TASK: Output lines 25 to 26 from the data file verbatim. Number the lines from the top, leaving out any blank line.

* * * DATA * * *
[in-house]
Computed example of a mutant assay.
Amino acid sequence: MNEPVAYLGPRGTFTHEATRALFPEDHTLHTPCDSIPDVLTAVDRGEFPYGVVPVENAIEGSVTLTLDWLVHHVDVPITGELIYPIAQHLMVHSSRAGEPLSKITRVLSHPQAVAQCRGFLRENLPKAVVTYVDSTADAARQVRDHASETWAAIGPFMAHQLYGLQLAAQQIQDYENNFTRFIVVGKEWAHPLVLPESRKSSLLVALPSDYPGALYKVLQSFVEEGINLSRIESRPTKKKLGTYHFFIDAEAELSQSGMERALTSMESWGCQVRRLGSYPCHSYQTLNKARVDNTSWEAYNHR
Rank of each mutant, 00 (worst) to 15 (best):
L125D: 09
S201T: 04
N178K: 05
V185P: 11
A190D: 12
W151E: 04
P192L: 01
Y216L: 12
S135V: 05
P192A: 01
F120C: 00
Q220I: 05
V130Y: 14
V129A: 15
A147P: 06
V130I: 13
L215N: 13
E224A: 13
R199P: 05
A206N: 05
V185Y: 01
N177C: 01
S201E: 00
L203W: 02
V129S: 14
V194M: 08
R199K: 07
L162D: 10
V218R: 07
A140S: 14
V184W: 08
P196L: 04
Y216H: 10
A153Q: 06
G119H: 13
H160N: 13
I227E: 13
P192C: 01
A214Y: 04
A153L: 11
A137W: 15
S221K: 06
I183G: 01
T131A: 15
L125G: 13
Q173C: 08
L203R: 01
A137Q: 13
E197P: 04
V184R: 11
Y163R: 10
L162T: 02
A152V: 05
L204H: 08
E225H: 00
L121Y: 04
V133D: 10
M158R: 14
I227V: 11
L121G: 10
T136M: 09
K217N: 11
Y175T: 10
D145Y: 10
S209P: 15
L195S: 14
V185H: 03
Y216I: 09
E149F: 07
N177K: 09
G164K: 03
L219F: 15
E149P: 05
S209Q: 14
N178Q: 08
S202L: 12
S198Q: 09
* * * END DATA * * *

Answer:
V185Y: 01
N177C: 01